When it comes to managing your money, a common question is whether you should keep your funds in cash or invest them in the stock market. The lure of attractive yields on savings, CDs, and bonds can make holding cash seem like an appealing option, especially in the face of recent market uncertainty. Before making the decision to go all-in on cash, let’s explore the factors that should influence your choice.

Disclaimer: Using high yield savings, CDs, and short term debt instruments as a proxy for cash.

The Potential for Growth
People invest primarily to increase their wealth over time. Whether it’s stocks, bonds, CDs, real estate, or even cryptocurrencies, the main appeal is the potential for growth. Stocks, in particular, have become a popular long-term choice due to their remarkable growth potential.

Consider this historical comparison: In the early 1990s, stocks were relatively stagnant for three years, and they were still trading below their 1987 peak. Fast forward to 2023, and we find ourselves in a somewhat comparable position, with stock prices yet to recover to their 2021 highs. Both eras were marked by inflation rates exceeding 6% and left investors increasingly frustrated over an extended period of time.

However, over the following decade, stocks performed significantly better than cash. If you had invested $1 million in stocks in 1990, it would have grown to $5.3 million by 2000. This happened during a period where you could earn 5% on your cash. 

Reflecting on history, we can learn a valuable lesson: stocks can thrive even in the face of soaring interest rates and market uncertainty. If your goal is long term growth, stocks still represent a better opportunity than cash.

The Risk of Loss
While stocks offer growth potential, there is always the risk of loss. The stock market is volatile, and prices can go up and down sharply. In the short term, it’s possible to lose money on stocks. However, over the long term, stocks have historically outperformed other investments, such as cash and bonds.

Other Factors to Consider
When deciding whether to hold cash or invest, you should also consider your individual circumstances. For example, if you have a short-term goal, such as saving for a down payment on a house, you may want to keep your money in cash. This will ensure that you have the money you need when you need it.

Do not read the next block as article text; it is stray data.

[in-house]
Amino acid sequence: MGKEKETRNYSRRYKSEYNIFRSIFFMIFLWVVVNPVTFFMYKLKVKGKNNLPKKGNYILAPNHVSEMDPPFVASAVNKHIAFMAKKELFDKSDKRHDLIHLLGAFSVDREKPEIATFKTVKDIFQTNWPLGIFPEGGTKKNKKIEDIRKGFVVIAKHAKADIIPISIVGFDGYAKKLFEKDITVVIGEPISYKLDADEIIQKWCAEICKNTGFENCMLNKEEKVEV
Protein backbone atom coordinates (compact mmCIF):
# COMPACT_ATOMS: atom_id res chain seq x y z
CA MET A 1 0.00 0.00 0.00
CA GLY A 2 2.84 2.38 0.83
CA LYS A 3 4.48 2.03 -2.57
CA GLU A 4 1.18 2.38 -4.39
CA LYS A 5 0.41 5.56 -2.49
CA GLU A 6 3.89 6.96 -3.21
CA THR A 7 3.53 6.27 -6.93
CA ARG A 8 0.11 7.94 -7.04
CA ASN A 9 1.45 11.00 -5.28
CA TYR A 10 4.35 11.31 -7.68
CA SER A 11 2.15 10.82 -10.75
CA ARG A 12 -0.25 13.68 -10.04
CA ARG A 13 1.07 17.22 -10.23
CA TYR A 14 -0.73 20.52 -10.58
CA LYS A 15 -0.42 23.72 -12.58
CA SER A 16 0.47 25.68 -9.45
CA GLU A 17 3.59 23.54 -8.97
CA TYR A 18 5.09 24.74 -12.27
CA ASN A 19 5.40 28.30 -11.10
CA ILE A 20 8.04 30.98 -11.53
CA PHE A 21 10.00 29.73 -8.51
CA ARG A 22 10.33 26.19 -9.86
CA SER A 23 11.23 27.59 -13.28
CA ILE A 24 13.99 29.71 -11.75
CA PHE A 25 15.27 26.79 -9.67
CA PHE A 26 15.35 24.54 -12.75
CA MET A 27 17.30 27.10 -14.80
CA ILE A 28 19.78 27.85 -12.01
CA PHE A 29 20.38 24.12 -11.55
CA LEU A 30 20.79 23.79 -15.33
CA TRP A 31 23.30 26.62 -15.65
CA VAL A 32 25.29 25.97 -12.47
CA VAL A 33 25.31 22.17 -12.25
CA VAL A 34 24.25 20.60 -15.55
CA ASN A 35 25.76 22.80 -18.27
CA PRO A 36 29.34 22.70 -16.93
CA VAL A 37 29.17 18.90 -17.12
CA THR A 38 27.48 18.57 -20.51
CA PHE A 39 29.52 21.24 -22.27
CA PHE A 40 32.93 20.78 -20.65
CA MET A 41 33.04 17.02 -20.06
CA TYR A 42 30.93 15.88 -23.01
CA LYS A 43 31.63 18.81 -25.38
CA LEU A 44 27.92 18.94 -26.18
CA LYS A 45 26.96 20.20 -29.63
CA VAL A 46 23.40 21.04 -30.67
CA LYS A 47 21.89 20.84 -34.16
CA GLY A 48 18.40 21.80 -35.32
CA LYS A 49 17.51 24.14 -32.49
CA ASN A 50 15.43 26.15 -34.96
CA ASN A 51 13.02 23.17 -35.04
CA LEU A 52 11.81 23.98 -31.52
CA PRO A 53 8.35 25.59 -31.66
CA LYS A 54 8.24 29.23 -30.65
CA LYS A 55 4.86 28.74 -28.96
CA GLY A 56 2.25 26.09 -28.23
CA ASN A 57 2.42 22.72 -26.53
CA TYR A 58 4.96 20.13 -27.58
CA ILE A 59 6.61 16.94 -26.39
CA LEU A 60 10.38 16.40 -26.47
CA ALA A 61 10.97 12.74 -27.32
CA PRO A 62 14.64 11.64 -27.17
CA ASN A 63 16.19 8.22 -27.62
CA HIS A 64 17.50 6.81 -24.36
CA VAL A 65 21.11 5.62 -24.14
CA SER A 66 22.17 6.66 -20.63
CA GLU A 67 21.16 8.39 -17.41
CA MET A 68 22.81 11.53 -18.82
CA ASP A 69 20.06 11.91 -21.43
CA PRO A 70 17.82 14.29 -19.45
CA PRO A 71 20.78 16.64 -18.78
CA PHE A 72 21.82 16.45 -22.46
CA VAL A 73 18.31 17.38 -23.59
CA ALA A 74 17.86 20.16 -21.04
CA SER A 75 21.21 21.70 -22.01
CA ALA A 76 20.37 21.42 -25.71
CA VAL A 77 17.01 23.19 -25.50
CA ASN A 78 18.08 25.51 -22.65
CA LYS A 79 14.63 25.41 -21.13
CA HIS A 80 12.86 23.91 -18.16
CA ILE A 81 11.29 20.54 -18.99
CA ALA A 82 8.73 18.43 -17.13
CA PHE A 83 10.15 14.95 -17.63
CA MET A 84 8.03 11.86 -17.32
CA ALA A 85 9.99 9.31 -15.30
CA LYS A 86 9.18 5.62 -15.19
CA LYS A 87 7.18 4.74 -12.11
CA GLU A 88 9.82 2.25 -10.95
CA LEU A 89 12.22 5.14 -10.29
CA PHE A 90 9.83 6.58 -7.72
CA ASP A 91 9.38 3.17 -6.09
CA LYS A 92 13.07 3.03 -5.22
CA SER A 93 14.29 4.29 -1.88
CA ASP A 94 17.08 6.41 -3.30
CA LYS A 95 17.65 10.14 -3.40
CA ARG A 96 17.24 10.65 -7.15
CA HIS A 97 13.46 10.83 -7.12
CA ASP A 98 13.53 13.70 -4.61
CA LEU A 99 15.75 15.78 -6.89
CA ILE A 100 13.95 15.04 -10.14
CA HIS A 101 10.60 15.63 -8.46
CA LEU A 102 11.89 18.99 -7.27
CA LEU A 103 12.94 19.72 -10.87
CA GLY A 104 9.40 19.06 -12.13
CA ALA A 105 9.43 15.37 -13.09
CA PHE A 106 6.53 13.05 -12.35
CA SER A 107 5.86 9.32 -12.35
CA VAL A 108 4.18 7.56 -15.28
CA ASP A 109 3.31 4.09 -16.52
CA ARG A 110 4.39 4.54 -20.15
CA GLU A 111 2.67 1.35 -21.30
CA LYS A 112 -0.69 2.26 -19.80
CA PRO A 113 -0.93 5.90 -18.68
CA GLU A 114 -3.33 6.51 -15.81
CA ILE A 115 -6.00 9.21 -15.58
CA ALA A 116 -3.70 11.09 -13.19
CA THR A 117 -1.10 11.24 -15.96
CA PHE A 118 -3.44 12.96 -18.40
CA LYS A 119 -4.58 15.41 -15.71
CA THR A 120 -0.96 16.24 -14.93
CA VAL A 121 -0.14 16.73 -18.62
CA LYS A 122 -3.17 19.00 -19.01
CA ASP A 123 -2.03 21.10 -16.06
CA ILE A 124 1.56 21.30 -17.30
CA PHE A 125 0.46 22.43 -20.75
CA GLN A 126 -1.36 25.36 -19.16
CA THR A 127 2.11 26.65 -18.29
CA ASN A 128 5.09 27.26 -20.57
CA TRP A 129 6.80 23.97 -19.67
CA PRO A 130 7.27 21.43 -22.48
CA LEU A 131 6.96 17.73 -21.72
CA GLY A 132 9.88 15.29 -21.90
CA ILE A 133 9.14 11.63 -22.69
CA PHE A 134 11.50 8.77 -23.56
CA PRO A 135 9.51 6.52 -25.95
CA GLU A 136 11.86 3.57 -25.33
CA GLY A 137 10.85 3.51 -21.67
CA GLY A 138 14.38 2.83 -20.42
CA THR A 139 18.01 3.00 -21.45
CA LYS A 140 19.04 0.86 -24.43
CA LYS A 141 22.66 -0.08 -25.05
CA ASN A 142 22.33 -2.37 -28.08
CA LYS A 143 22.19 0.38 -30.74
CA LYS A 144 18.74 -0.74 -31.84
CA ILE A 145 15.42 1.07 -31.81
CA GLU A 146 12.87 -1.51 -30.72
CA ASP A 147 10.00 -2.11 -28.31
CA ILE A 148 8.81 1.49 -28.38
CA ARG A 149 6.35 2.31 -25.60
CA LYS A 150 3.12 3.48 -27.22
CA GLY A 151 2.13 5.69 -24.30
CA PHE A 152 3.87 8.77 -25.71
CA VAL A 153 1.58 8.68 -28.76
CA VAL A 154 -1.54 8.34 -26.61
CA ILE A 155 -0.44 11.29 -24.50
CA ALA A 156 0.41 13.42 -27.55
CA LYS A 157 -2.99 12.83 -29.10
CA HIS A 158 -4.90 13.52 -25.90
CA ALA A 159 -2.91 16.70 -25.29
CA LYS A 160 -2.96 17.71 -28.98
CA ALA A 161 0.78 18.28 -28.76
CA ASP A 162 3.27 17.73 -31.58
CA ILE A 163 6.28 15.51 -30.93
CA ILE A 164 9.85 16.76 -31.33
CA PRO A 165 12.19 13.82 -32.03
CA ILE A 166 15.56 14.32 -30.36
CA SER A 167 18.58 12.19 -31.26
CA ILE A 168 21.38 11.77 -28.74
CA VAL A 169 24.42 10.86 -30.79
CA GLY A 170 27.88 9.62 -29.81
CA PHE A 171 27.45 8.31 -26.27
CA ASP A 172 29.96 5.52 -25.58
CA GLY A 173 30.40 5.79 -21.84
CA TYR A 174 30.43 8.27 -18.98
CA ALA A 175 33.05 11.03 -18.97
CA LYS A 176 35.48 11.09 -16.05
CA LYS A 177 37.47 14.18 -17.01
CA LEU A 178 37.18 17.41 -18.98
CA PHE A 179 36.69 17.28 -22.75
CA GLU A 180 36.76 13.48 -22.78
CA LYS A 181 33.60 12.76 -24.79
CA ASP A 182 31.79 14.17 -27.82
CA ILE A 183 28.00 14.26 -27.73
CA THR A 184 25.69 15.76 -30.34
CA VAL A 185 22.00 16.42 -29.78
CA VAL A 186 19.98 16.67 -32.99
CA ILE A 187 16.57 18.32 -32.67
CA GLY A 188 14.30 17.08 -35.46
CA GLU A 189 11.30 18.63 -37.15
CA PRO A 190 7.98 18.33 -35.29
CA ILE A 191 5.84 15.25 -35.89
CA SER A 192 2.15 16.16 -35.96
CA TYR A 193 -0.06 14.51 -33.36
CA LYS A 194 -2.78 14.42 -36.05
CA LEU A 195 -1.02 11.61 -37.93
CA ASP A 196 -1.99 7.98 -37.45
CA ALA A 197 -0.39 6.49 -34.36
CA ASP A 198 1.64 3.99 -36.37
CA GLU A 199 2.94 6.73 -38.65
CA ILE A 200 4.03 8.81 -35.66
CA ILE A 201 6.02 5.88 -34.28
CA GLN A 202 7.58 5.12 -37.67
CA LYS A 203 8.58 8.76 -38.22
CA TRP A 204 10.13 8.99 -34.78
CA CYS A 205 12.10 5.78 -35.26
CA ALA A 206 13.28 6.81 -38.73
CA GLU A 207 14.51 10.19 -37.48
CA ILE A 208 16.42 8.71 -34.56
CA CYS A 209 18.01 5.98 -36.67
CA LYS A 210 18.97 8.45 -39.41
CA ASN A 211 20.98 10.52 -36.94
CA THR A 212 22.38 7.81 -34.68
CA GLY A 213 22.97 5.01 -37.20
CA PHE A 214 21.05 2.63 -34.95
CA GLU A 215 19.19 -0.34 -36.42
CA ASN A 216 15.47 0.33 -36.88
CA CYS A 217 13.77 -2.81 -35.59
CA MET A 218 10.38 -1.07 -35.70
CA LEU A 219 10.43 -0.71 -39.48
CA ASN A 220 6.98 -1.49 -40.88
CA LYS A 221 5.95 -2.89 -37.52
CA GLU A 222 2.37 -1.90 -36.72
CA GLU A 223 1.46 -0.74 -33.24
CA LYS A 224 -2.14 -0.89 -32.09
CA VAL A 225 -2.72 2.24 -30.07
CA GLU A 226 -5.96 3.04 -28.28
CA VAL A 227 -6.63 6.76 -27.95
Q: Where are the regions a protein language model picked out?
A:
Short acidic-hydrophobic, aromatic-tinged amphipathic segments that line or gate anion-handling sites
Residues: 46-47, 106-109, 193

On the other hand, if you have a long-term goal, such as retirement, you may want to invest your money in stocks. This will give your money the opportunity to grow over time.

Bottom Line
Ultimately, the decision of whether to hold cash or invest is a personal one. Always consider your financial goals before making any decisions about your investments. Keeping large sums of money in cash may not be the best option for you. 

If you’re trying to time the market out of concern for near term market moves, proceed with caution. Successfully doing so requires you to be right twice: when you get out and back in. Historical data shows that some of the market’s best returns follow periods of less than stellar performance. So before moving to cash, carefully consider your goals. 

George Maroudas

George Maroudas

Twitter @ChicagoAdvisor

Disclaimers / Sources:

US stocks total return growth of $1M data from YCharts. Total return data of the S&P 500 from 12/31/1989 – 12/31/1999. 

5% on cash represented by short term bonds. From 12/31/1989 – 12/31/1999 the average yield for a 3 month T-Bill was 4.85% and a 1 year treasury was 5.36%. Data from YCharts

Stock investing includes risks, including fluctuating prices and loss or principal. This information is not intended to provide specific advice or recommendations about any stock nor is it intended to be a recommendation to buy, sell or hold any stock investment. We suggest speaking with your financial professional about your situation prior to investing.

The opinions voiced in this material are for general information only and are not intended to provide specific advice or recommendations for any individual.